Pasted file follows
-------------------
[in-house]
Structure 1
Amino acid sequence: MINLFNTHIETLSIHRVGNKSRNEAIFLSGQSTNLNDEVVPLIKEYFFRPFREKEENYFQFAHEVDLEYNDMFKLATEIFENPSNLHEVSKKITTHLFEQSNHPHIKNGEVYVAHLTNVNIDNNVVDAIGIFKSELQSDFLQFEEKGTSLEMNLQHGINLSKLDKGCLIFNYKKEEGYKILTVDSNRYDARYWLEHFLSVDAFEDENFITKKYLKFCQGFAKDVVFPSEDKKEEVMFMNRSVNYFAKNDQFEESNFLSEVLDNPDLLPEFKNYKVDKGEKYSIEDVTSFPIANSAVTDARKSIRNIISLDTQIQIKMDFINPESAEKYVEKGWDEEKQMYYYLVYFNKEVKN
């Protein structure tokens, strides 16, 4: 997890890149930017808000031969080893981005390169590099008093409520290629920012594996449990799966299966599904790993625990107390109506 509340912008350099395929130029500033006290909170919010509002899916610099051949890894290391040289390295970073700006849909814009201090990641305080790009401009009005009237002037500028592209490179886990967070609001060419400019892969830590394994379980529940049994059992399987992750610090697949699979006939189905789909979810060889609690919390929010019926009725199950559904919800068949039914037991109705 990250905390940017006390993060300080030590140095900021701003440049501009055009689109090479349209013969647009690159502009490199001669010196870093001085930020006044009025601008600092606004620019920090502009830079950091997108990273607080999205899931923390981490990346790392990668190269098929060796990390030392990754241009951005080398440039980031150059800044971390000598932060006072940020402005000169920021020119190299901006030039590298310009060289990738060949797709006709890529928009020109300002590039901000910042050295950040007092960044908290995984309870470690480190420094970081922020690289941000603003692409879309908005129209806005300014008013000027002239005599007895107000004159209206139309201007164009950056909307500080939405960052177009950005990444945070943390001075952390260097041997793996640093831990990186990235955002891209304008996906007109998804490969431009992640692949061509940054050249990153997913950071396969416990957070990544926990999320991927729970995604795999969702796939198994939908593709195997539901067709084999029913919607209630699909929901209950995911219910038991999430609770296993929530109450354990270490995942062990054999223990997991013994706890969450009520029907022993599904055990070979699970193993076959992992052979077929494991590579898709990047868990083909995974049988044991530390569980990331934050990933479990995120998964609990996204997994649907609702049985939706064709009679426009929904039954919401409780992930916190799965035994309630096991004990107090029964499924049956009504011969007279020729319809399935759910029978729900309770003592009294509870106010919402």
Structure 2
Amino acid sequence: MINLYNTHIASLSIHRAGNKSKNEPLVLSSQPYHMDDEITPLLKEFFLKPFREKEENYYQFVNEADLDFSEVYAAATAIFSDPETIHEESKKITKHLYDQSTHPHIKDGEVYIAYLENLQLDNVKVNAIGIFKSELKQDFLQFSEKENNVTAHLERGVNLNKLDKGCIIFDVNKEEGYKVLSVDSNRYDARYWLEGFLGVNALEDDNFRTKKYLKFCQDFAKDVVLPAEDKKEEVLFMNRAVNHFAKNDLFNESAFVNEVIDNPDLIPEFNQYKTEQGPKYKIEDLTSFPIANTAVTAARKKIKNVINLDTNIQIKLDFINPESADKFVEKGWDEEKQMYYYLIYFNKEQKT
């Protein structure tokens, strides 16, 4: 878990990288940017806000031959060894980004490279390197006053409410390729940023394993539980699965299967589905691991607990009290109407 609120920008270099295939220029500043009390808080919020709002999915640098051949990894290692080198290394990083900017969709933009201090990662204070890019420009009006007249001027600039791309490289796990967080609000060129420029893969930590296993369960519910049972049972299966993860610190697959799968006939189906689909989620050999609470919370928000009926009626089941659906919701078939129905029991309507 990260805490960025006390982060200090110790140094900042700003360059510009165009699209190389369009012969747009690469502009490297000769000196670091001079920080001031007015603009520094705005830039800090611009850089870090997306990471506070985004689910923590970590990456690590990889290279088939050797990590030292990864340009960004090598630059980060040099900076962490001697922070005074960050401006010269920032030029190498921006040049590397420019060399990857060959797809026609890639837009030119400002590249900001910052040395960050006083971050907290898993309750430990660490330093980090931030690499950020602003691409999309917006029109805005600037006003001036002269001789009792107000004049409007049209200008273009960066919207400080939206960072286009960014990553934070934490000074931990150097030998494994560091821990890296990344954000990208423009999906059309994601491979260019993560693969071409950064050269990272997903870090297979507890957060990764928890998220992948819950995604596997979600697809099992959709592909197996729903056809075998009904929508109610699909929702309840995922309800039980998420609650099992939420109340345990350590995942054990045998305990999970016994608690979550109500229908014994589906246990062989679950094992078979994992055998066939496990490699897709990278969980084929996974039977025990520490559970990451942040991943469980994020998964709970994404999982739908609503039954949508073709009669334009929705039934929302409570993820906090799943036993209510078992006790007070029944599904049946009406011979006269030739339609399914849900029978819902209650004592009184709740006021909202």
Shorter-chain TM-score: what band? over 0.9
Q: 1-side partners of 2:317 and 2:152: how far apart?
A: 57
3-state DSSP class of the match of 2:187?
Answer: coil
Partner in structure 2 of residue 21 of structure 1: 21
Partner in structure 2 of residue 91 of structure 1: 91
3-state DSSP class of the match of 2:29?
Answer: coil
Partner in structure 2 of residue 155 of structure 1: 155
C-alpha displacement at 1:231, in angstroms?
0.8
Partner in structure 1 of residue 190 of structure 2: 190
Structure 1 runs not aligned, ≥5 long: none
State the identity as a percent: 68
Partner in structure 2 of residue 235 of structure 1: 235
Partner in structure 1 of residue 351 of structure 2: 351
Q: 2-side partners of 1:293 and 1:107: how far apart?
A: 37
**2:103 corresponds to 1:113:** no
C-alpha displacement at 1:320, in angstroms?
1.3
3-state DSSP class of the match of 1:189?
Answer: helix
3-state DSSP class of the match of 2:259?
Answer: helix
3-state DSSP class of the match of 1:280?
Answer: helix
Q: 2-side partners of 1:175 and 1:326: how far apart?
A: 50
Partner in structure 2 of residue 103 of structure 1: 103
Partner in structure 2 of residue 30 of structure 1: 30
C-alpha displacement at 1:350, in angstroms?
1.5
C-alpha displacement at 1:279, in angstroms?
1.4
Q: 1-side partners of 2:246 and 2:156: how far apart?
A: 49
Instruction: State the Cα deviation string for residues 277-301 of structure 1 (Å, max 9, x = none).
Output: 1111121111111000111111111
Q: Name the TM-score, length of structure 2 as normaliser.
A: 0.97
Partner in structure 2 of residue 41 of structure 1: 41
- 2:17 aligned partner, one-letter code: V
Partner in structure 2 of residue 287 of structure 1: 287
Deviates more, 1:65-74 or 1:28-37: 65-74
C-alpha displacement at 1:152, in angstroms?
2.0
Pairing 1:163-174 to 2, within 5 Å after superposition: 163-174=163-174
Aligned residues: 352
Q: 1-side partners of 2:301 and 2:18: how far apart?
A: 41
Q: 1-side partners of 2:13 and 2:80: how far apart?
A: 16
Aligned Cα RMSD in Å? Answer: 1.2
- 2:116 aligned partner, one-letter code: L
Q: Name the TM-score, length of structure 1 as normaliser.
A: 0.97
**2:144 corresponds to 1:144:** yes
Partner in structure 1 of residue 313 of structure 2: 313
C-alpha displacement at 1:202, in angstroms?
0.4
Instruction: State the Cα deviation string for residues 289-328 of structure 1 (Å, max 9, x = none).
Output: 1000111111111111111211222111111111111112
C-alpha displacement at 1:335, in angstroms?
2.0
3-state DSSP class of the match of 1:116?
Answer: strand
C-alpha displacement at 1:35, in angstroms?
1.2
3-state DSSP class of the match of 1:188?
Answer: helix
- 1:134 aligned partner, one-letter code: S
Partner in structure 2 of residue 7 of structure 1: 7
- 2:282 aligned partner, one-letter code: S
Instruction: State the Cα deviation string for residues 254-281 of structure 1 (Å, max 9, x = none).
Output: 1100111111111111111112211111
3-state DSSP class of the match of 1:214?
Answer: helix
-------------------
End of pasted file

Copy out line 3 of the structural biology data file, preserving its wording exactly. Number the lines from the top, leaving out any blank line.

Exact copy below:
Amino acid sequence: MINLFNTHIETLSIHRVGNKSRNEAIFLSGQSTNLNDEVVPLIKEYFFRPFREKEENYFQFAHEVDLEYNDMFKLATEIFENPSNLHEVSKKITTHLFEQSNHPHIKNGEVYVAHLTNVNIDNNVVDAIGIFKSELQSDFLQFEEKGTSLEMNLQHGINLSKLDKGCLIFNYKKEEGYKILTVDSNRYDARYWLEHFLSVDAFEDENFITKKYLKFCQGFAKDVVFPSEDKKEEVMFMNRSVNYFAKNDQFEESNFLSEVLDNPDLLPEFKNYKVDKGEKYSIEDVTSFPIANSAVTDARKSIRNIISLDTQIQIKMDFINPESAEKYVEKGWDEEKQMYYYLVYFNKEVKN